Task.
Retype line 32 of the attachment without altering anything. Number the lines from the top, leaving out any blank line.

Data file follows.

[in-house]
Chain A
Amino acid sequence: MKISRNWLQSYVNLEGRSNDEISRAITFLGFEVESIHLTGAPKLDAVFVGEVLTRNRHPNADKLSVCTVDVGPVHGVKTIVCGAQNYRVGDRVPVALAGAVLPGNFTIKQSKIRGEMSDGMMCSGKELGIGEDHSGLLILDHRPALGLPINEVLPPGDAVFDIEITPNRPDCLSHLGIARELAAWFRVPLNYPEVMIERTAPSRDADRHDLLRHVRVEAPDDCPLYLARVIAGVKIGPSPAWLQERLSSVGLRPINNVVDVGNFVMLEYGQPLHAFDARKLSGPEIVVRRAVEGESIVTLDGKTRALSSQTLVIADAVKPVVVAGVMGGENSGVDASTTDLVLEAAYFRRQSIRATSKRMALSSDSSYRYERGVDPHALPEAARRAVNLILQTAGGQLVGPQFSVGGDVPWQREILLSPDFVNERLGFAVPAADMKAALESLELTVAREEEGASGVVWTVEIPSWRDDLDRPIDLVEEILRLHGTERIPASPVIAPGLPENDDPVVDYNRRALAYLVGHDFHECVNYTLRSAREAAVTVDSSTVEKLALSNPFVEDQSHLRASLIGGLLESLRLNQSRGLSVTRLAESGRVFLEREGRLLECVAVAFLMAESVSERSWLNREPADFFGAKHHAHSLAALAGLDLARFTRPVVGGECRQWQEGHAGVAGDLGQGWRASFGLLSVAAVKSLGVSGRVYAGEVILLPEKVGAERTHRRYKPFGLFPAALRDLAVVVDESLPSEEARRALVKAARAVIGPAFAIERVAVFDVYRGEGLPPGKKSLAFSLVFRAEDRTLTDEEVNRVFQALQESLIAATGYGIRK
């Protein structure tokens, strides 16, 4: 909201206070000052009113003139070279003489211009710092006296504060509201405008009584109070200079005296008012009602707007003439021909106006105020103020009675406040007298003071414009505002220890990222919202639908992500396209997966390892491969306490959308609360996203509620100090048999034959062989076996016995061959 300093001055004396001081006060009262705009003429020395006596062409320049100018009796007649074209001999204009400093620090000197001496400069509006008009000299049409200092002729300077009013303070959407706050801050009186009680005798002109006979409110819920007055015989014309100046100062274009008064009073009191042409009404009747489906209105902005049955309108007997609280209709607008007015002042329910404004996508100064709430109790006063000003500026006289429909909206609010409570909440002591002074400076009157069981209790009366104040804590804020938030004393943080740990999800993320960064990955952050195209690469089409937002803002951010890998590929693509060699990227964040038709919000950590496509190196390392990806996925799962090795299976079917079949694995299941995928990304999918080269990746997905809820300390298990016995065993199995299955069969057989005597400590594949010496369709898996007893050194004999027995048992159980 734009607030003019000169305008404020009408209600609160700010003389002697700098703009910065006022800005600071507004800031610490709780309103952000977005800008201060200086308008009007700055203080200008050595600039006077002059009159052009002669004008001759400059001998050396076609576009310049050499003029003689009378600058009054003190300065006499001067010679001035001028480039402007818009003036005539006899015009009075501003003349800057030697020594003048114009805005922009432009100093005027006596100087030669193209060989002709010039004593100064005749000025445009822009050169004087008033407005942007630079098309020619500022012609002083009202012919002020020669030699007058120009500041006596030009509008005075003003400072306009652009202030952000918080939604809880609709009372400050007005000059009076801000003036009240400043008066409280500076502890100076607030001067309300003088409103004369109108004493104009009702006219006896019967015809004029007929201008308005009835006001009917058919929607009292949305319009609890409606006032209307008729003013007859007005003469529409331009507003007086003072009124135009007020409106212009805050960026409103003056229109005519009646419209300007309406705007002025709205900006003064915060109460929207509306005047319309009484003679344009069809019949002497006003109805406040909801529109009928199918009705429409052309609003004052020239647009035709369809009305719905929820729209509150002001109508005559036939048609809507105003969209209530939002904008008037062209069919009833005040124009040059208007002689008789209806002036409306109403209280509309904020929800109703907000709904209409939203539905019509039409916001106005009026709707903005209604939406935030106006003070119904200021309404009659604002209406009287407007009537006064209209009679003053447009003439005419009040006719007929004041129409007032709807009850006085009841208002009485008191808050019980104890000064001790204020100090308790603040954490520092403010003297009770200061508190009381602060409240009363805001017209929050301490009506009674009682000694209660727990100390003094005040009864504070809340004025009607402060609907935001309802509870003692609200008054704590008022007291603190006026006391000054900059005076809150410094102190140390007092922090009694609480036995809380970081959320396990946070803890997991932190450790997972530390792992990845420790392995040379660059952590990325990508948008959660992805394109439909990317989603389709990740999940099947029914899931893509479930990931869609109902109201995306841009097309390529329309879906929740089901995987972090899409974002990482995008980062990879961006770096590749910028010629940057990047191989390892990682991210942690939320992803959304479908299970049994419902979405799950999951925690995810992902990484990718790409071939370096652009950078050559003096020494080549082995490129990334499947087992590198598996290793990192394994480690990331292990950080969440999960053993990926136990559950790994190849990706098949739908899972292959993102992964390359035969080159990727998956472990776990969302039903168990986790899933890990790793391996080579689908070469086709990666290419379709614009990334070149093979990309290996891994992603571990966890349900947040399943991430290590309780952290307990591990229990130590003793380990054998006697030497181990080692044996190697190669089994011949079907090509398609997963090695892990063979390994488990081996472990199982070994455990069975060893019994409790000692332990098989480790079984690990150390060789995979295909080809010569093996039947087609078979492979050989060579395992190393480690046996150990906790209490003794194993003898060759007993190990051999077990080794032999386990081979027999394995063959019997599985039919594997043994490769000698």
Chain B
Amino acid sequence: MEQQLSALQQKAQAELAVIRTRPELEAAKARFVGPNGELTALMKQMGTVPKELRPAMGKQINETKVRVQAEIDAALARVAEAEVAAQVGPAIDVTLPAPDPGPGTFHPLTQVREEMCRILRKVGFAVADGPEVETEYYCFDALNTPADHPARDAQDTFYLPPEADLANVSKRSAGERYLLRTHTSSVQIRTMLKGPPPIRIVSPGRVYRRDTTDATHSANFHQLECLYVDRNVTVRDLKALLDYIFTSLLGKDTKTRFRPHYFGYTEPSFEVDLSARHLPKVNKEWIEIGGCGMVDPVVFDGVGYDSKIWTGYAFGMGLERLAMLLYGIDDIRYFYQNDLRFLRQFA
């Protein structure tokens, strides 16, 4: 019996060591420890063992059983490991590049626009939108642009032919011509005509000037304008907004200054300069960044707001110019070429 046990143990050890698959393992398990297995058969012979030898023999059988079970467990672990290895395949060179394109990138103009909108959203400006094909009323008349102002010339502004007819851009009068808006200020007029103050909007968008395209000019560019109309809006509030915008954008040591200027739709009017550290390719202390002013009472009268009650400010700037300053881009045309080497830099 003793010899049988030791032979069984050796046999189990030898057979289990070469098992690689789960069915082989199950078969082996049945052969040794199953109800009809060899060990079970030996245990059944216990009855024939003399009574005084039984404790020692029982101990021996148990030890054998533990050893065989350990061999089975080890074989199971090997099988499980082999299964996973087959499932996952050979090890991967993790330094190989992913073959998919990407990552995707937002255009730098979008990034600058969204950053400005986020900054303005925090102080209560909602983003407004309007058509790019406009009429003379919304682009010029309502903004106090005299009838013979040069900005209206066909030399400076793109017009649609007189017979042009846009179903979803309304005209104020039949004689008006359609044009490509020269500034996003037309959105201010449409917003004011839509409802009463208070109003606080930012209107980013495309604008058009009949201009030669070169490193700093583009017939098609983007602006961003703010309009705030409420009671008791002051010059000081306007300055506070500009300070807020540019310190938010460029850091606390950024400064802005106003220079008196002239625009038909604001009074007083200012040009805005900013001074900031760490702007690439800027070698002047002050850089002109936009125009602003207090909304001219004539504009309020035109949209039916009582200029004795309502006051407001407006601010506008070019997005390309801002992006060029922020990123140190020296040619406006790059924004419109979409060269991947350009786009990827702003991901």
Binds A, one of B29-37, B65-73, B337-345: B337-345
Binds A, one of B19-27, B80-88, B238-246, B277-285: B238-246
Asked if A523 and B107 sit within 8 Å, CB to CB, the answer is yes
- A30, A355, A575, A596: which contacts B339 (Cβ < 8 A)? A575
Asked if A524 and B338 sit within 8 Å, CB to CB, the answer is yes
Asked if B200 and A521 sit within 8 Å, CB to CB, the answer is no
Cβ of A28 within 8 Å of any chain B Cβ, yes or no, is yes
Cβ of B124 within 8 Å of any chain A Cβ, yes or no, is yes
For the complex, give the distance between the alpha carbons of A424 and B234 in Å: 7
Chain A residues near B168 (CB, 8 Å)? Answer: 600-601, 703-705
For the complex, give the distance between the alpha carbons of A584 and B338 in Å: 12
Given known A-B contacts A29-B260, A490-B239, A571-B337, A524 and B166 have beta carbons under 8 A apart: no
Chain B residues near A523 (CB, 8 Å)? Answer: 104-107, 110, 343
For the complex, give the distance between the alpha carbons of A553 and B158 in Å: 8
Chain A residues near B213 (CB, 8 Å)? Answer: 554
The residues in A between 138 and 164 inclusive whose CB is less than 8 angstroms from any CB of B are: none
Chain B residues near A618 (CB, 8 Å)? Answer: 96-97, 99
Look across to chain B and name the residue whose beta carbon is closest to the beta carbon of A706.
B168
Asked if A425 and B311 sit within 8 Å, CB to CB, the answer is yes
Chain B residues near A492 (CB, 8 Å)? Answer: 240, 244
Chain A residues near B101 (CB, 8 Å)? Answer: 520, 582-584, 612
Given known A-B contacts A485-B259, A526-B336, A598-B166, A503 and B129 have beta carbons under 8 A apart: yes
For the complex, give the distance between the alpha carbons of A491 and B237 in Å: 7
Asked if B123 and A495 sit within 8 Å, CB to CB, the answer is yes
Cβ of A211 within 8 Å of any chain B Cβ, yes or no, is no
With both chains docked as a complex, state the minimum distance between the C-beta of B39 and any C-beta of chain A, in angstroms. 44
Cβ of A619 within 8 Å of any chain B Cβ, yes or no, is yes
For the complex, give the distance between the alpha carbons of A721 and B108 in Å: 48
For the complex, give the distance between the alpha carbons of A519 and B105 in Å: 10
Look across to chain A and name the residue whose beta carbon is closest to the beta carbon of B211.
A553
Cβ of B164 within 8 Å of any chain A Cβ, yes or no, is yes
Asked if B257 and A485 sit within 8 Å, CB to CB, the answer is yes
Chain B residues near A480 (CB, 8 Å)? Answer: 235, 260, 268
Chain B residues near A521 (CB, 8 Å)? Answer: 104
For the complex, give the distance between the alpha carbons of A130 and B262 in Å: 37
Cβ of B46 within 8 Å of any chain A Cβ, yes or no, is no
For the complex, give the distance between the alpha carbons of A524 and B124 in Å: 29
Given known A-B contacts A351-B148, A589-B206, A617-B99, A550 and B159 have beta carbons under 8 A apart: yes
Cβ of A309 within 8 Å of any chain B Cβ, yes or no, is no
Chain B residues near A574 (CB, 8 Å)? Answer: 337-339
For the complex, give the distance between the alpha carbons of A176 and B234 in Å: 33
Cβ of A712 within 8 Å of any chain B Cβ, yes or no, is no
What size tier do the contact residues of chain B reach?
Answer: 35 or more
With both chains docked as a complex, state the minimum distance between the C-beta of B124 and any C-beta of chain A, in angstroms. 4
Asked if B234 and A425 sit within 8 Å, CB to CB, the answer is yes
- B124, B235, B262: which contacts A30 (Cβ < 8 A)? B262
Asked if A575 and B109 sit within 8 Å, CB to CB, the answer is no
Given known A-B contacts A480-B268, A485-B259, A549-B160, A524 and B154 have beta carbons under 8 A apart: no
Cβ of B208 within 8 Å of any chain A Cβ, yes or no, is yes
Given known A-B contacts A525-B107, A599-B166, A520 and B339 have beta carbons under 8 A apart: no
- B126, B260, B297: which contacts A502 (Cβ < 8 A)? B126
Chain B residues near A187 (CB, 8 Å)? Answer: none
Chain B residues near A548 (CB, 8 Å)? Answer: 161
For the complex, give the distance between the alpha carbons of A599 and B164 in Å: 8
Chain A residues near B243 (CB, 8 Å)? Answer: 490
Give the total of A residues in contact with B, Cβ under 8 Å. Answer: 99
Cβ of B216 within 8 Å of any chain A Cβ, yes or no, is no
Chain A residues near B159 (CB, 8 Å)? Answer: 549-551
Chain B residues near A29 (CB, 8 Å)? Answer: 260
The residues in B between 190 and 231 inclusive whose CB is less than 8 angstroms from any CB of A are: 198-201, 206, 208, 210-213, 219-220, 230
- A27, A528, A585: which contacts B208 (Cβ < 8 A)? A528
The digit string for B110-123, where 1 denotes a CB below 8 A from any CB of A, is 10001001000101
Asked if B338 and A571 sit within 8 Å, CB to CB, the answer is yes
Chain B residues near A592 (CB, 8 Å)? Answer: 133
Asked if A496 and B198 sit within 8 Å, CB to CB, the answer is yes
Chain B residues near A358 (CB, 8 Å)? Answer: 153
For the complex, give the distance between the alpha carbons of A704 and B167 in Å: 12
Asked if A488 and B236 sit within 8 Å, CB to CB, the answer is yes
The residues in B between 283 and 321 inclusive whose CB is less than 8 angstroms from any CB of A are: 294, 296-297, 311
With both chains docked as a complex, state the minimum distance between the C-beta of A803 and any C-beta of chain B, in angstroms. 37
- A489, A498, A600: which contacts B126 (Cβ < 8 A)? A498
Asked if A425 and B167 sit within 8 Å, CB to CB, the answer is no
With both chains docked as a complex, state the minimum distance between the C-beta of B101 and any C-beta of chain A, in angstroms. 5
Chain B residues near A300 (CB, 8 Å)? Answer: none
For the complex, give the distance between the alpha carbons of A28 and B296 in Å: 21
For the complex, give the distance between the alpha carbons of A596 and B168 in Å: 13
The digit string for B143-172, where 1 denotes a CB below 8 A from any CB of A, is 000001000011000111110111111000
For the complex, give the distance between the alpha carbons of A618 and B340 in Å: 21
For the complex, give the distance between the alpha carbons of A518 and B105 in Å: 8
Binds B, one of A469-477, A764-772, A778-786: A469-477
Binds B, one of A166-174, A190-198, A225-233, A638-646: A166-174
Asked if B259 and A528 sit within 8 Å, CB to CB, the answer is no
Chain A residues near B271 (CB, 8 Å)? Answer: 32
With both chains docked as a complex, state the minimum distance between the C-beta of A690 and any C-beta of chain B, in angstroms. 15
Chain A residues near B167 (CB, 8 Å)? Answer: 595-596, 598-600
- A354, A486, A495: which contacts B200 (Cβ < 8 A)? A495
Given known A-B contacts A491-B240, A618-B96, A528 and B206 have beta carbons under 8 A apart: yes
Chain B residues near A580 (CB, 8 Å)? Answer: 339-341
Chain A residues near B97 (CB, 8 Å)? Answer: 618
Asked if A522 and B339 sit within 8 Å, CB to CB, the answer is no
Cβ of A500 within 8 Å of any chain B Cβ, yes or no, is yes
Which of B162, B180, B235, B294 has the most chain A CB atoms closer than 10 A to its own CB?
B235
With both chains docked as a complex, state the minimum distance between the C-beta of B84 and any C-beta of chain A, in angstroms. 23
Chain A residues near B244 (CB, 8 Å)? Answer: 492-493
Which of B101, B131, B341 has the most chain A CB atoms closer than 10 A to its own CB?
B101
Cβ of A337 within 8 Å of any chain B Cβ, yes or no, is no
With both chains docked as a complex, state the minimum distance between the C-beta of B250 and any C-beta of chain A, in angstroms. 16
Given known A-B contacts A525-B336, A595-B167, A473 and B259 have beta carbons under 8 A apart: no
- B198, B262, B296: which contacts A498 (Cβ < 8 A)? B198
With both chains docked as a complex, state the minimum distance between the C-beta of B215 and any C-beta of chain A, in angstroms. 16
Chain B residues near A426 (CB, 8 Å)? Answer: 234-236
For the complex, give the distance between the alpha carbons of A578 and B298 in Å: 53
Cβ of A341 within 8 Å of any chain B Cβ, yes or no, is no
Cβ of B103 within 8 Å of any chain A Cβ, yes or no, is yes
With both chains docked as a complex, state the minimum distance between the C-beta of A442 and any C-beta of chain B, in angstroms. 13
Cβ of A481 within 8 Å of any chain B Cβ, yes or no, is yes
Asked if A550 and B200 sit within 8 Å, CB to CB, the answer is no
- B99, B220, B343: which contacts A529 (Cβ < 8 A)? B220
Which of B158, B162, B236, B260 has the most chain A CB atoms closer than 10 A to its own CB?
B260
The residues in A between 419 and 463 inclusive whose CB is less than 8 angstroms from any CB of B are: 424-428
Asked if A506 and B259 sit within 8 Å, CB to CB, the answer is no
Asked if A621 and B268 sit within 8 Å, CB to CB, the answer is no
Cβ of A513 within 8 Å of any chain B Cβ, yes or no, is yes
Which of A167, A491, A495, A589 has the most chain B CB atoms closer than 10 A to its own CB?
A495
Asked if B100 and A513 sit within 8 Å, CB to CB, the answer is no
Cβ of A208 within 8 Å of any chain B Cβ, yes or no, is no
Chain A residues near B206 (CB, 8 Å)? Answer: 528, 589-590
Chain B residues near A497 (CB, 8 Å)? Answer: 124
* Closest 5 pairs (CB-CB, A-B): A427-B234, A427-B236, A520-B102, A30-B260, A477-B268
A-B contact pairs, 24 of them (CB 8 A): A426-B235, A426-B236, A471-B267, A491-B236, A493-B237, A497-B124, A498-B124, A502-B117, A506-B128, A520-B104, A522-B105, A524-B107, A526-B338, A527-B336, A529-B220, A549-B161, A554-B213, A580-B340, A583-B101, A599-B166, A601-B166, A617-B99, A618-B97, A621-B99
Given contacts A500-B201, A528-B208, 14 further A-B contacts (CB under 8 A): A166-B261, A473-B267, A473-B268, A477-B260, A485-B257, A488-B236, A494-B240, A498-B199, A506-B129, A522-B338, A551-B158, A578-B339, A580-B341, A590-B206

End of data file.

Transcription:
Asked if B123 and A495 sit within 8 Å, CB to CB, the answer is yes